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Please clarify how to handle "control characters"

From: Tolkin, Steve <Steve.Tolkin@FMR.COM>
Date: Wed, 7 Feb 2001 12:54:00 -0500
Message-ID: <4EDD23A3F6B4D411B7DF00A0C9DD5B560AE90F@MSGBOS626NTS.fmr.com>
To: "'www-i18n-comments@w3.org'" <www-i18n-comments@w3.org>
Cc: w3c-xml-query-wg@w3.org
Certain Unicode "characters" have the same hexadecimal value 
as the ASCII control characters.

For the purposes of this email I use the term "control character" 
to mean certain special code points in Unicode.  
Examples of "control characters" are U+0000 to U+001F inclusive, 
except U+0009, U+000A, and U+000D.

Please clarify the proper way to handle these, e.g. with respect to 
string normalization.

Specifically, in Character Model for the World Wide Web 1.0
         W3C Working Draft 26 January 2001
         This version: http://www.w3.org/TR/2001/WD-charmod-20010126
         Latest version: http://www.w3.org/TR/charmod/
section 3.5 states:
The specification MUST NOT arbitrarily restrict the range of characters
that can be used, which must cover all Unicode code points from 0 to
0x10FFFF inclusive.

In contrast
Extensible Markup Language (XML) 1.0 (Second Edition)
         W3C Recommendation 6 October 2000
         This version: http://www.w3.org/TR/2000/REC-xml-20001006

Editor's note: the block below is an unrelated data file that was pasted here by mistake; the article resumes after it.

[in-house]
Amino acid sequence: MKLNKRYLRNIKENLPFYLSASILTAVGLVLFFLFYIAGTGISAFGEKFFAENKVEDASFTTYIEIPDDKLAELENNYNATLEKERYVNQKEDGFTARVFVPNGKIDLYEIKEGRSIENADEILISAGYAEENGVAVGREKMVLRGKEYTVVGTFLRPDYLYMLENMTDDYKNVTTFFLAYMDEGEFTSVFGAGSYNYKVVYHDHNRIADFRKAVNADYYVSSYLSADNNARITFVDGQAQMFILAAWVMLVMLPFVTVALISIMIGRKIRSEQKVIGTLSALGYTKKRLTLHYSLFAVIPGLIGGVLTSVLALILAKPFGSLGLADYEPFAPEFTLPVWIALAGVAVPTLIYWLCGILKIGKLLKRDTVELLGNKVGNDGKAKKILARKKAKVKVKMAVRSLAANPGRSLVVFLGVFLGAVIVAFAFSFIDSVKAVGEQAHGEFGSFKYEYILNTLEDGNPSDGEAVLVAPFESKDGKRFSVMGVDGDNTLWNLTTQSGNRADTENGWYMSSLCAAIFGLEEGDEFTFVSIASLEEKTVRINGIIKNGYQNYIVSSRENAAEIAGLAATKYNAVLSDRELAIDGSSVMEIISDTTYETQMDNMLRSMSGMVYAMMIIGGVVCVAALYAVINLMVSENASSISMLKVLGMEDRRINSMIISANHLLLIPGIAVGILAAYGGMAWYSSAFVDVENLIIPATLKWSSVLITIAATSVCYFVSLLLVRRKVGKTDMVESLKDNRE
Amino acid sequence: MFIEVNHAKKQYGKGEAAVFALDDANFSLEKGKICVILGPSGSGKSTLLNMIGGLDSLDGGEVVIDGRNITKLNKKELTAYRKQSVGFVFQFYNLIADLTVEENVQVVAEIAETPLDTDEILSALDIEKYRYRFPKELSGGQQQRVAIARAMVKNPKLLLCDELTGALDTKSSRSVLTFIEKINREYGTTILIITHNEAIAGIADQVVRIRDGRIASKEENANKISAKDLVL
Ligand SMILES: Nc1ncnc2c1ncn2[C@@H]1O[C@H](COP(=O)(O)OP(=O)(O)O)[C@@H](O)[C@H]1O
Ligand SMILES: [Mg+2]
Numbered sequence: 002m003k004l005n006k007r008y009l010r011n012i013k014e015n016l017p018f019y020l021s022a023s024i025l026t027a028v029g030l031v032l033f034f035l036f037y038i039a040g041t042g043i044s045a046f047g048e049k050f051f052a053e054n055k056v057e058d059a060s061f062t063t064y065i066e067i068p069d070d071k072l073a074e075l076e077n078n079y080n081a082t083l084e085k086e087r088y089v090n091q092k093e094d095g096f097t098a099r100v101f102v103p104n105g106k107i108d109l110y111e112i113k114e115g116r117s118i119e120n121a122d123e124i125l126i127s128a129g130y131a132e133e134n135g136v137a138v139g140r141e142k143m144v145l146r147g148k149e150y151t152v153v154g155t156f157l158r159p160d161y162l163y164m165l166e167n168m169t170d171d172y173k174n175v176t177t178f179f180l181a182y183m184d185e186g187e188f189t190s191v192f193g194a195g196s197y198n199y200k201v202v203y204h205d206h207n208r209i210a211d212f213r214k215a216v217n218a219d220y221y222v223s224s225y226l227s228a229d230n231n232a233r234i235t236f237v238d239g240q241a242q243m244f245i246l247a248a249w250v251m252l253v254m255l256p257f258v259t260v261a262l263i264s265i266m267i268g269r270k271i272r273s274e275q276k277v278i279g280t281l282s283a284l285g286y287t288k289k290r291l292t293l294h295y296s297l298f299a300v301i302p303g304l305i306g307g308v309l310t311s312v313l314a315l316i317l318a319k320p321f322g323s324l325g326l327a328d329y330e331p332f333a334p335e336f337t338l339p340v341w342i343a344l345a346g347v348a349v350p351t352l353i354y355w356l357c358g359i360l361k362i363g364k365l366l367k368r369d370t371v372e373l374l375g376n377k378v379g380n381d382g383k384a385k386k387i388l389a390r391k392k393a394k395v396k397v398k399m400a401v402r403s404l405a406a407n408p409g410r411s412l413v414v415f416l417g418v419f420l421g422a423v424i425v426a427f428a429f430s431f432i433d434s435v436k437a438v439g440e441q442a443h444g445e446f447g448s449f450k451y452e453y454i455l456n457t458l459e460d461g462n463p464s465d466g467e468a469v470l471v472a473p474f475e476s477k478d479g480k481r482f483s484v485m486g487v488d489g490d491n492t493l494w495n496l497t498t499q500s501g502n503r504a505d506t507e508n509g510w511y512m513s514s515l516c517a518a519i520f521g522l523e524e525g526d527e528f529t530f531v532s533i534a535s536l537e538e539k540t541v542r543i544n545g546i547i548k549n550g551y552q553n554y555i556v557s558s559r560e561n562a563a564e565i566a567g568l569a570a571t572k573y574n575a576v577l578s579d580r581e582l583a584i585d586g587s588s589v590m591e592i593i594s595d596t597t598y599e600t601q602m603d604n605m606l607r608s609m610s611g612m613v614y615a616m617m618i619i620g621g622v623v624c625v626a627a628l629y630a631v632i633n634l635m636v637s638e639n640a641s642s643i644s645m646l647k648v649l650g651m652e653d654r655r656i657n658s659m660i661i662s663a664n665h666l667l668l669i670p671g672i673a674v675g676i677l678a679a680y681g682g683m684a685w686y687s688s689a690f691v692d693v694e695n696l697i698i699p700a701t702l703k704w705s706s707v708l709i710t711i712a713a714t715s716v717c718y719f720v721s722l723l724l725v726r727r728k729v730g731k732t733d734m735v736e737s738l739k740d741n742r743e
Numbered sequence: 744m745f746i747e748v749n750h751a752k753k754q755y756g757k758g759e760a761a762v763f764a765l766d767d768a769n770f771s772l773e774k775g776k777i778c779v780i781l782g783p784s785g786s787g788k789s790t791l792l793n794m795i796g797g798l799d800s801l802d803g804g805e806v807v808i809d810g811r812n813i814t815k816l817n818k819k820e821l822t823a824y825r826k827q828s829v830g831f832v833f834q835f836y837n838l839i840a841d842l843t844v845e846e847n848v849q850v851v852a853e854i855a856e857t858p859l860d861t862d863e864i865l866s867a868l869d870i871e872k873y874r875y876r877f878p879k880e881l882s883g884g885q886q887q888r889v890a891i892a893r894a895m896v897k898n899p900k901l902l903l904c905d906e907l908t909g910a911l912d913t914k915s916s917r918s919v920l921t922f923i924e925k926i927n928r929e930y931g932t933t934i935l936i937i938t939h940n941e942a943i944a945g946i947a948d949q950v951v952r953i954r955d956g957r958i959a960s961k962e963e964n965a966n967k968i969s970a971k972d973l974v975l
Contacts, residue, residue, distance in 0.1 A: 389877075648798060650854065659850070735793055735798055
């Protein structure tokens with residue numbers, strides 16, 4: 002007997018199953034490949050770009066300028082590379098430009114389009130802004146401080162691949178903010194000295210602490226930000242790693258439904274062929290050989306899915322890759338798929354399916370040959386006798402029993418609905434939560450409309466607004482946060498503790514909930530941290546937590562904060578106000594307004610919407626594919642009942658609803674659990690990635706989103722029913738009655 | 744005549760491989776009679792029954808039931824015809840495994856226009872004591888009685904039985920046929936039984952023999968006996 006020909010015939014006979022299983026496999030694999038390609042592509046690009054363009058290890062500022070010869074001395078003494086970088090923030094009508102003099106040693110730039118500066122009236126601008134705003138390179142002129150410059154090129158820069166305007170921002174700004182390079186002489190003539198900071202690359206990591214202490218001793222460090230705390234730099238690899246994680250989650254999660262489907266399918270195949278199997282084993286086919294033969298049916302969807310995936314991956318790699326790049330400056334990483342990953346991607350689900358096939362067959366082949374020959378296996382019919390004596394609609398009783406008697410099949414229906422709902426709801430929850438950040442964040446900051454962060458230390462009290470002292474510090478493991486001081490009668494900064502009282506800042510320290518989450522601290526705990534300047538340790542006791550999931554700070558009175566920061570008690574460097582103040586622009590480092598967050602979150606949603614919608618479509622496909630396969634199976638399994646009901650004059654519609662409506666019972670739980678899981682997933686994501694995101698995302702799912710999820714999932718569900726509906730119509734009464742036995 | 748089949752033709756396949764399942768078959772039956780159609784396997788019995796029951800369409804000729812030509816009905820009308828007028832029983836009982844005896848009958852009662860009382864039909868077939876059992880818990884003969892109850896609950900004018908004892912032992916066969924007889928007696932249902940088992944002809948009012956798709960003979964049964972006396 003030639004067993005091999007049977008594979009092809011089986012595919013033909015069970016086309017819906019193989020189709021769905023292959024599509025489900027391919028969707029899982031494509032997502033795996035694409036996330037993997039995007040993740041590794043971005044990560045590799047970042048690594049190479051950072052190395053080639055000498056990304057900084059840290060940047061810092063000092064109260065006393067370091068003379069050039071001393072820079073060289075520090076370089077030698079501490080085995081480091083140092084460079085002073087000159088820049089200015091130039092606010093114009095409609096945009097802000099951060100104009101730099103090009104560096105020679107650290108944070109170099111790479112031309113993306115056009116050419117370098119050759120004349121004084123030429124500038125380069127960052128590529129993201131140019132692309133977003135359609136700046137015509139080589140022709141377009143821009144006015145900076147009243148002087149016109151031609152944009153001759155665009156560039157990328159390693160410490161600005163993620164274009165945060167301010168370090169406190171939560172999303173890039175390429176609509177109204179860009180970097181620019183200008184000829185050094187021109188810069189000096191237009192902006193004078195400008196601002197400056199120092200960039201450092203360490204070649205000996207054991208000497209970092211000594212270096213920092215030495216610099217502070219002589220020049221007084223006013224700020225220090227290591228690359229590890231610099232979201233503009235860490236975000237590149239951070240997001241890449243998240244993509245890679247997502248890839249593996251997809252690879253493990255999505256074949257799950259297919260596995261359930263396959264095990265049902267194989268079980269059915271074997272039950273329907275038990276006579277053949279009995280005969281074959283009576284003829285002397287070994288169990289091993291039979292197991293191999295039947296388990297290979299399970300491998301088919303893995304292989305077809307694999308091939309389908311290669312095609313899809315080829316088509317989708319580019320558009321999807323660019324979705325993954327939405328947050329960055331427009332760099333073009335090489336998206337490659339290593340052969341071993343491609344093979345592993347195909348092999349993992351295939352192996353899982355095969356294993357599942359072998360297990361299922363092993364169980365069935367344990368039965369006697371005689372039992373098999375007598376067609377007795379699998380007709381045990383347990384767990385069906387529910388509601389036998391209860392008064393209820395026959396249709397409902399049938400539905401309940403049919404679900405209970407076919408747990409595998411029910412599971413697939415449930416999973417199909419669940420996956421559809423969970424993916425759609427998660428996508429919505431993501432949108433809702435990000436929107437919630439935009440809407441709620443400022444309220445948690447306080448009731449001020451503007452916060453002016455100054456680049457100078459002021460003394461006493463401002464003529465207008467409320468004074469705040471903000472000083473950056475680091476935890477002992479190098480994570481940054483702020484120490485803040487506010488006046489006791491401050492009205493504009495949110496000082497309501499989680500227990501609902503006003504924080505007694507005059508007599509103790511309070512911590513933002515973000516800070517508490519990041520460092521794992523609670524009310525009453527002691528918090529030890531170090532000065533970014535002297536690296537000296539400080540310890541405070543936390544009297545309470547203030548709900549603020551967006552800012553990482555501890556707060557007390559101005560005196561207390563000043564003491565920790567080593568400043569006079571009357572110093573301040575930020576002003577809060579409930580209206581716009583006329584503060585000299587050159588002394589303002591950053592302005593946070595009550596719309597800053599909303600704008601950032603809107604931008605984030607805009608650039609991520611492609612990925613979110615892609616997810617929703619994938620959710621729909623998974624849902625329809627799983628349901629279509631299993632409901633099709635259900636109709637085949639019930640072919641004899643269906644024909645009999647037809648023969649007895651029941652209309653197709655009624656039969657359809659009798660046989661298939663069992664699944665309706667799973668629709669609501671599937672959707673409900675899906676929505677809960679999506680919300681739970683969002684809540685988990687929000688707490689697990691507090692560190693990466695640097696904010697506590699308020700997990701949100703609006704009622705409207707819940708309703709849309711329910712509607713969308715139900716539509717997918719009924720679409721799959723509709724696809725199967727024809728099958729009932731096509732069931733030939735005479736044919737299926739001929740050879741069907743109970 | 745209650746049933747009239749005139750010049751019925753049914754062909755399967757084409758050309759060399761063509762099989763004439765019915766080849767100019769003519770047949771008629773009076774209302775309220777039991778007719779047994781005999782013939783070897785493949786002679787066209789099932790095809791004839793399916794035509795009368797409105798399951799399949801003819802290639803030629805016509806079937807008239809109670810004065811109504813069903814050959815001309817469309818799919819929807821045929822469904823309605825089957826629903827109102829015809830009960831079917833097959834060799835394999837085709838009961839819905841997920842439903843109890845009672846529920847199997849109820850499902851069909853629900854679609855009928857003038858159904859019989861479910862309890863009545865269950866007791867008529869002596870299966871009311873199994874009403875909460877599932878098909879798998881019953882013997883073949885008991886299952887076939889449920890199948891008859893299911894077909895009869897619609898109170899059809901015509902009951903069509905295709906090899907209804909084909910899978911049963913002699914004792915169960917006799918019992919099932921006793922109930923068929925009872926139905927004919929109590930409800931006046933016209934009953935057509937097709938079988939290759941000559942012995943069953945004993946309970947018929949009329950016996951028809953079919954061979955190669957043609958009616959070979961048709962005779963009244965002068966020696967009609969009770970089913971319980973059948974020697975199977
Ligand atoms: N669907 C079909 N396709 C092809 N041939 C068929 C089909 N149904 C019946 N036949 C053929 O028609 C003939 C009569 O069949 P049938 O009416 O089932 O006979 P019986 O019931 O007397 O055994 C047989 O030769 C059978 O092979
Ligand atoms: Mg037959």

Latest version: http://www.w3.org/TR/REC-xml 
section 2.2 states:
Consequently, XML processors must accept any character in the range
specified for Char. ...
Char ::=   #x9 | #xA | #xD | [#x20-#xD7FF] | [#xE000-#xFFFD] |
[#x10000-#x10FFFF] /* any Unicode character, excluding the surrogate
blocks, FFFE, and FFFF. */

The above implies that a processor may reject a document containing
a control character.  In fact some processors do that, raising an error
that the document is not well formed.


The character model should be clear about how the "control
characters" behave with respect to
string normalization.  Must they be left alone? 
May they be deleted by a conforming processsor? 
Or should each one be replaced by a space, and further normalized?

Or perhaps the Character Model specification should explicitly 
state that this decision is in the scope of the application.

 
Hopefully helpfully yours,
Steve
-- 
Steven Tolkin          steve.tolkin@fmr.com      617-563-0516 
Fidelity Investments   82 Devonshire St. V10D    Boston MA 02109
There is nothing so practical as a good theory.  Comments are by me, 
not Fidelity Investments, its subsidiaries or affiliates.
Received on Wednesday, 7 February 2001 13:08:26 GMT

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